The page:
The UN Security Council has voted to lift sanctions against Eritrea following its thaw in relations with Ethiopia and other Horn of Africa countries.
In a sign of the winds of change sweeping through the Horn of Africa, Ethiopia's Prime Minster Abiy Ahmed, Eritrea's President Isaias Afwerki and Somalia's President Mohamed Abdullahi Mohamed met last week
The Security Council slapped an arms embargo and other tough sanctions on Eritrea in 2009 for allegedly supplying weapons to Somalia's Islamic extremist al-Shabab rebels and for failing to pull troops out of a disputed territory with Djibouti.
During a meeting on Wednesday, members voted unanimously to immediately lift "the arms embargo, travel bans, asset freezes and targeted sanctions imposed on Eritrea by the Security Council."
The recent dramatic improvements of relations between Eritrea and its neighbors, primarily Ethiopia, played a significant role in the lifting of the sanctions.
The British-drafted resolution "recognizes the improvements in regional peace and security," said the UK's ambassador to the UN, Karen Pierce.
"This is a very important move both for the region, who have made sterling efforts to make this work and for the wider UN and the international community," she said.
Diplomatic thaw in Horn of Africa
Ethiopia's reformist prime minister Abiy Ahmed – just weeks after taking office in April – agreed to fully recognize a peace deal with Eritrea ending a decades-long conflict over the border. Shortly after, the two neighbors agreed to open embassies, open borders, develop ports and resume flights between the two countries.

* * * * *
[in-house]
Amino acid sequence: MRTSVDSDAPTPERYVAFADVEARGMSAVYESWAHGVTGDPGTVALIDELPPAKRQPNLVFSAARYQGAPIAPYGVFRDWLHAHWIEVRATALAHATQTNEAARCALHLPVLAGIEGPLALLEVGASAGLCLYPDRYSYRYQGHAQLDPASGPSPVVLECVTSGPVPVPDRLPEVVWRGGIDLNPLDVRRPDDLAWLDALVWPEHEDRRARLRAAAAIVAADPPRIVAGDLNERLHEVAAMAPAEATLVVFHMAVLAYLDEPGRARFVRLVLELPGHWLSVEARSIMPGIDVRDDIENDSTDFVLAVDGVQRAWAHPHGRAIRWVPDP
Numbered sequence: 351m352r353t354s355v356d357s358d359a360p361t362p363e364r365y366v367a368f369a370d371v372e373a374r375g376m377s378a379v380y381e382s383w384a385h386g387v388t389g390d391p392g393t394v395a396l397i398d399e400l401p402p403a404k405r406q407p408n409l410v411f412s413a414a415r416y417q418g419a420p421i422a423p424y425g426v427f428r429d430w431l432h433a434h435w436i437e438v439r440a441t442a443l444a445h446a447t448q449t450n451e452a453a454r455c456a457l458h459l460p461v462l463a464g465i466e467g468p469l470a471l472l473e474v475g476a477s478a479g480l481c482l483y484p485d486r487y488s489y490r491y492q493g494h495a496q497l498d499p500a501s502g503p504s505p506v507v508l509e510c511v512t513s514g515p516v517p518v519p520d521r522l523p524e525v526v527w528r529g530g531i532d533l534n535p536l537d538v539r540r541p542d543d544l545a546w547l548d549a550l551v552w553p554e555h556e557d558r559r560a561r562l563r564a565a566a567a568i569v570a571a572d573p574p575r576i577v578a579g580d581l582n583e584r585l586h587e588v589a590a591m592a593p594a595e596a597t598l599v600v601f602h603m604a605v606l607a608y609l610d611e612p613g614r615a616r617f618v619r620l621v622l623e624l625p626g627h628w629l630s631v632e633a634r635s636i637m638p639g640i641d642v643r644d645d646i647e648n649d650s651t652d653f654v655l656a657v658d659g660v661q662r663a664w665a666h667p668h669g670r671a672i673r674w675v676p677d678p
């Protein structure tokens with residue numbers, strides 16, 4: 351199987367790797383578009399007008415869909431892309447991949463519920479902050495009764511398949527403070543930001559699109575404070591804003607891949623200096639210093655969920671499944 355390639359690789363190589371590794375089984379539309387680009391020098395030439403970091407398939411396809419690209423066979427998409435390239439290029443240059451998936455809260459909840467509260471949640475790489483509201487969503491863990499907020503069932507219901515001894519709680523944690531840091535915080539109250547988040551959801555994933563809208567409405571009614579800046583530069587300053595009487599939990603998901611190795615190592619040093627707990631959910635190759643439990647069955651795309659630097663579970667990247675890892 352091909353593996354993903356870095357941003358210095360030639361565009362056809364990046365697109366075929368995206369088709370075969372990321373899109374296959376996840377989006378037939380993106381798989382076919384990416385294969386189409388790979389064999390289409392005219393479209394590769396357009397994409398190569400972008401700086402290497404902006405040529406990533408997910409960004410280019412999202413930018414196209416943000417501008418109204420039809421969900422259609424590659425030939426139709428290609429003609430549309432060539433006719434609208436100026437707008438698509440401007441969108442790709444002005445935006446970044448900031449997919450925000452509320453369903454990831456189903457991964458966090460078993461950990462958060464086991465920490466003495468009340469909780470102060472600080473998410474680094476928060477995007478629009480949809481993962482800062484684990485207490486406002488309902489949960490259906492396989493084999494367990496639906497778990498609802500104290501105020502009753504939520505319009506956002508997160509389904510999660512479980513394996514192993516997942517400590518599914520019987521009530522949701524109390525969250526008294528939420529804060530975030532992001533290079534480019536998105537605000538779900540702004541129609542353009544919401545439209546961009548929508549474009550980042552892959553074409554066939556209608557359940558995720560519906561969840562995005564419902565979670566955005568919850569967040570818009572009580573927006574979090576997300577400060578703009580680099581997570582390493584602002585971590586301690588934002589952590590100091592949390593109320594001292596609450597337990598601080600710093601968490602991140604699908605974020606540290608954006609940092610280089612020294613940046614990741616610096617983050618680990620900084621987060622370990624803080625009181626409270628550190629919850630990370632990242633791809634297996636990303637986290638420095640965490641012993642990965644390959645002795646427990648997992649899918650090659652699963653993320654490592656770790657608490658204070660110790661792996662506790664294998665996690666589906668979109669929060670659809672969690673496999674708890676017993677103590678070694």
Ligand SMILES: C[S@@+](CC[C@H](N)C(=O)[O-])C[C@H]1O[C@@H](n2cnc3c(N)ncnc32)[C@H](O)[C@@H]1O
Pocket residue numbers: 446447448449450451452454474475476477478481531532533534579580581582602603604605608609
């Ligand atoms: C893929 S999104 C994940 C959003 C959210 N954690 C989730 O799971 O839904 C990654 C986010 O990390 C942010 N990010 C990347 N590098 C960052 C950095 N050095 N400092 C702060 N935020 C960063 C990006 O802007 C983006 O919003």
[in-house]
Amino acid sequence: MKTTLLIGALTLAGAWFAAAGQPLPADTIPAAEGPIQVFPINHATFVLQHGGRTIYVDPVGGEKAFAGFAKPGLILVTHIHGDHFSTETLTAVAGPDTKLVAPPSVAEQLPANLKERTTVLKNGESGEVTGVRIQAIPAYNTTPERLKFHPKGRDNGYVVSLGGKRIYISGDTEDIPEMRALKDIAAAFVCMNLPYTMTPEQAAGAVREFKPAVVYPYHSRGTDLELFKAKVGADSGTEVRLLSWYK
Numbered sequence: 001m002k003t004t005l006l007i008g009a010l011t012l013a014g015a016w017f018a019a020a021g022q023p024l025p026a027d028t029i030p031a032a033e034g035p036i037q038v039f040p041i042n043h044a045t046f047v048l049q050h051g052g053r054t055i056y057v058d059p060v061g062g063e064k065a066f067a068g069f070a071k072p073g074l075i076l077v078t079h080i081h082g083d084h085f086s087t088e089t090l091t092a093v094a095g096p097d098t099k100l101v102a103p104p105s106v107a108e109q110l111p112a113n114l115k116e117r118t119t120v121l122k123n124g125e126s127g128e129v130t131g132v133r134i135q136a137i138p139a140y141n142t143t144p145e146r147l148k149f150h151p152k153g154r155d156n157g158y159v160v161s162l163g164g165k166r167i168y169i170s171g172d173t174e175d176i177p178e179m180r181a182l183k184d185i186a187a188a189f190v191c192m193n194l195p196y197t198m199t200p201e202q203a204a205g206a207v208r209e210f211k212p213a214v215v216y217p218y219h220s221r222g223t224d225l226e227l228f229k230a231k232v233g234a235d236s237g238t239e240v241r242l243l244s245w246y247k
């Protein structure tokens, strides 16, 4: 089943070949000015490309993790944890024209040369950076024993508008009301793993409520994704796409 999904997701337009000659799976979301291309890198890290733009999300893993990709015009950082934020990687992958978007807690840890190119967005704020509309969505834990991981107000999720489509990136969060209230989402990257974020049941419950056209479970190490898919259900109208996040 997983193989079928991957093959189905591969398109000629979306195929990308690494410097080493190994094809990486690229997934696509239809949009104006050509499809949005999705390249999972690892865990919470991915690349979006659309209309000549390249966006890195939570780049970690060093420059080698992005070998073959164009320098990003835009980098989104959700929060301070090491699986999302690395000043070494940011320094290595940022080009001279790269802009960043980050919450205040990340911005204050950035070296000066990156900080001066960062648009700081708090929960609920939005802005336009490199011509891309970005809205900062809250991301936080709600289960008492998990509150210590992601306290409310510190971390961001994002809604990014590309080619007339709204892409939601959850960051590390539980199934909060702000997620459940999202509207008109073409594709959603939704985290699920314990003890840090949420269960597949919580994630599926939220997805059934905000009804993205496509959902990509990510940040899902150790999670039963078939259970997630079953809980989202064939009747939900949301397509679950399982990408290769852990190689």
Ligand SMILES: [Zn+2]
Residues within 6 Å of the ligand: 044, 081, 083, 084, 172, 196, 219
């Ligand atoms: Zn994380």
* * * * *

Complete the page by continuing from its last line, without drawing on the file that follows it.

There were tearful scenes as first flight from Ethiopia to land in Eritrea in 20 years reunited family and friends
This reconciliation led to a series of further thaws, with Eritrea – one of the world's most closed-off nations – agreeing in August to restore diplomatic ties with Somalia after nearly 15 years of acrimony over accusations that Eritrea was funneling money to insurgents.
Eritrea has also made steps to reconcile with the small, but strategically significant, port nation of Djibouti, which accuses Eritrea of illegally occupying its territory seized during a two-day war in 2008.
In a further positive shift in the region, after historic talks in September, the leaders of Eritrea, Ethiopia and Somalia met again last week to cement relationships and push the Horn of Africa economic agreement signed at their first meeting.
'New dawn' for Eritrea
Eritrea's representative to the UN Amanuel Giorgio congratulated people in Eritrea on the "historic day" and stressed that "Eritreans are extremely joyous and full of pride to have witnessed the recent positive regional developments ... (that) mark the beginning of a new dawn."
The office of Ethiopian President Abiy Ahmed said after the vote that the lifting of sanctions will have far-reaching effects in improving stability and building lasting peace and normal relations in the Horn of Africa region.
"It will further enhance the collaborative gains that have been achieved in the region over the past few months," the Ethiopian prime minister's office said.
The graves of Ethiopian soldiers who died during the battle with Eritrea are painted in the colors of the Ethiopan flag - a reminder of the long-standing conflicts in the region